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Needles in a haystack: mapping rare and infrequent crops using satellite imagery and data balancing methods
- Waldner, François, Chen, Yang, Lawes, Roger, Hochman, Zvi
- Remote sensing of environment 2019
- agricultural land, algorithms, cropping sequence, cropping systems, crops, data collection, food security, prices, remote sensing, time series analysis, Victoria (Australia)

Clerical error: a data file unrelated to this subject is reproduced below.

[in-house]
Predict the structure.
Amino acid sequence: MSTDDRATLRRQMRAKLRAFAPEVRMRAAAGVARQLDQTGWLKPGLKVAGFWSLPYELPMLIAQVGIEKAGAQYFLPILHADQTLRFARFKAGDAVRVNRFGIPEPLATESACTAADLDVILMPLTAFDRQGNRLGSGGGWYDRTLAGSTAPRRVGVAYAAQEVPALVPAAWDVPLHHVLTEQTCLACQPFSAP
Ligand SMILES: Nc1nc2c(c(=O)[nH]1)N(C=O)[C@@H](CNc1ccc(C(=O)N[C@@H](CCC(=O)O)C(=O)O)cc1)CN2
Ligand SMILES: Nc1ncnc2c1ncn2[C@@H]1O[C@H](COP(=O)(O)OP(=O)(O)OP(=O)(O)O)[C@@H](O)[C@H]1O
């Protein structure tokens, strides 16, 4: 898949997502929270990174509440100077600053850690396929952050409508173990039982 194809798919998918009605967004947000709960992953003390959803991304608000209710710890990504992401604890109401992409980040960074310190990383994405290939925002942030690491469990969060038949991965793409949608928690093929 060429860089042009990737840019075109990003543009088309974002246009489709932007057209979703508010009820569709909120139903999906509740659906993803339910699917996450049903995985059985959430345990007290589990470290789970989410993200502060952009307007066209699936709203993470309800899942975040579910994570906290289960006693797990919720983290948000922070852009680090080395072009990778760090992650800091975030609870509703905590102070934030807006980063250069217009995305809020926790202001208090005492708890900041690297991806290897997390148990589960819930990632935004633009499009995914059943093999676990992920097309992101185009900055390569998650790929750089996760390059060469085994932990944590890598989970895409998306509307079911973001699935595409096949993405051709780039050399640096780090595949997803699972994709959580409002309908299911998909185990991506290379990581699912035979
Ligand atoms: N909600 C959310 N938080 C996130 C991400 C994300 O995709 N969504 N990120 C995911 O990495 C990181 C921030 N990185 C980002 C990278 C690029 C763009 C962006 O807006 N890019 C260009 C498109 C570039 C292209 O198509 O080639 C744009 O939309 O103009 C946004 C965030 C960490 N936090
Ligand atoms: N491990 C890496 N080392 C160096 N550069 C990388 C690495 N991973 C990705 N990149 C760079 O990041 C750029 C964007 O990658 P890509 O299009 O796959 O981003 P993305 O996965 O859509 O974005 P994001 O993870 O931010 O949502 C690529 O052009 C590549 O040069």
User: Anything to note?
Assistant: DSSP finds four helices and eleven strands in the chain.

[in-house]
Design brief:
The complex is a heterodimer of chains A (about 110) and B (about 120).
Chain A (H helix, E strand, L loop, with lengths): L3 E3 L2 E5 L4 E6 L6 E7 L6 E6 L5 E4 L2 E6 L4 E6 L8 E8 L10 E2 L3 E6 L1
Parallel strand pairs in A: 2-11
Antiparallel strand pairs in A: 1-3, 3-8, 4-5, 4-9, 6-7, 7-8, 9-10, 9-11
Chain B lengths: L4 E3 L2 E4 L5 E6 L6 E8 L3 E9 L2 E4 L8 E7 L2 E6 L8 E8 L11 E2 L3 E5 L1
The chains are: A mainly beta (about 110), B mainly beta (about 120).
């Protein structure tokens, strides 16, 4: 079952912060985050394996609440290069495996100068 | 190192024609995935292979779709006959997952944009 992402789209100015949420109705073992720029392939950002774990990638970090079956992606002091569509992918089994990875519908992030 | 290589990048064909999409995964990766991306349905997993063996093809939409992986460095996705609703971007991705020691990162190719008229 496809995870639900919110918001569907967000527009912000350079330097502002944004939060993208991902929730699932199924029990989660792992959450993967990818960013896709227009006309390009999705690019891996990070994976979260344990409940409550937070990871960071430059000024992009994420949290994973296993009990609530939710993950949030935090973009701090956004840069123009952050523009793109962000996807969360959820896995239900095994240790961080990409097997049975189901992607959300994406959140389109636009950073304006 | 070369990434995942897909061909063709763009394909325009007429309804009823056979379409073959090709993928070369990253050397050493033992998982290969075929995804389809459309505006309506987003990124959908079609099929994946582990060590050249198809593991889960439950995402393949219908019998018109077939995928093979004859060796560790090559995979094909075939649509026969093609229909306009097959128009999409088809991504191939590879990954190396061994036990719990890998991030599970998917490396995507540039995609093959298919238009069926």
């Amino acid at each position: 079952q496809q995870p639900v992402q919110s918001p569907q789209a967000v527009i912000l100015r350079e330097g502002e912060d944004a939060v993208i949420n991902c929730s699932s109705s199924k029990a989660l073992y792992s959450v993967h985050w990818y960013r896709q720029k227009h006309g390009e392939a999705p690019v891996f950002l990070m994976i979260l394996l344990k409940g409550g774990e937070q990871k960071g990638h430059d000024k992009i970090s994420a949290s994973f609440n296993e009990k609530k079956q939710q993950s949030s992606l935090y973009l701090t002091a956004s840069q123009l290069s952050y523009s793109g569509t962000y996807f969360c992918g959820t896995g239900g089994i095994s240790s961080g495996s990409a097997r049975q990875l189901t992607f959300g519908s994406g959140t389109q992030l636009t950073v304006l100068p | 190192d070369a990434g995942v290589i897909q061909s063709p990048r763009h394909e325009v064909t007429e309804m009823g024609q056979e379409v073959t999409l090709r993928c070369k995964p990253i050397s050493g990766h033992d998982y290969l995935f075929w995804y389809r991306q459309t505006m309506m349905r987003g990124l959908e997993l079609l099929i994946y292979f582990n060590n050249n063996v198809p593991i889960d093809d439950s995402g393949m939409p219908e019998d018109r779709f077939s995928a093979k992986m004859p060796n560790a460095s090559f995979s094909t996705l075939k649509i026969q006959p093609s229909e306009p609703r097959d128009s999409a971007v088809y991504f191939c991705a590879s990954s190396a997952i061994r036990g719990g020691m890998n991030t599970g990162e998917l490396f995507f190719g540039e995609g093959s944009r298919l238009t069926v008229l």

- Most cropping systems around the world are organised around few dominant crops and a larger number of less frequent crops. While rare and infrequent crops occupy a small share of the cropped area, they produce ecological benefits on farmland, contribute to sustainability and help provide food and nutritional security. However, data about their location and extent derived from satellite imagery generally lack accuracy, largely owing to the class imbalance problem. Class imbalance occurs when only few instances of some classes are available for training classifiers, and leads to large classification errors of the infrequent classes. In this study, we assessed the magnitude of the class imbalance problem in crop classification and evaluated balancing methods to combat it by either creating synthetic minority instances or by removing majority instances. To that aim, we generated 18 unbalanced data sets from Sentinel-2 time series and crop type observations in Victoria, Australia. These data sets covered a wide range of complexity, number of classes, number of samples per class and spectral separability which enabled us to gather evidence about the benefits and drawbacks of balancing methods in various settings. Classification accuracy was assessed with two metrics: the Overall Accuracy (OA), which gives more weight to majority classes, and the G-Mean accuracy (GM), which is more sensitive to minority classes. Results showed that class imbalance explained near 40% of the accuracy variability. We found that balancing methods boosted GM by 0.01-0.54 but no single best solution emerged. The price for increasing the accuracy of minority classes was a drop in OA of a magnitude that was problem- and method-specific. We thus applied an algorithm selection method to identify optimal balancing mechanisms in a computationally economic fashion. Optimal balancing methods lead to maximum gain in GM and minimum loss in OA. We demonstrated that this approach either successfully identified optimal balancing methods or ones that were not significantly sub-optimal, while reducing the computational cost by up to 60%. It can readily be incorporated to operational crop classification systems with little disruption to the existing processing chains. This contribution paves the way for achieving a more comprehensive and detailed view of crop distribution and cropping sequences.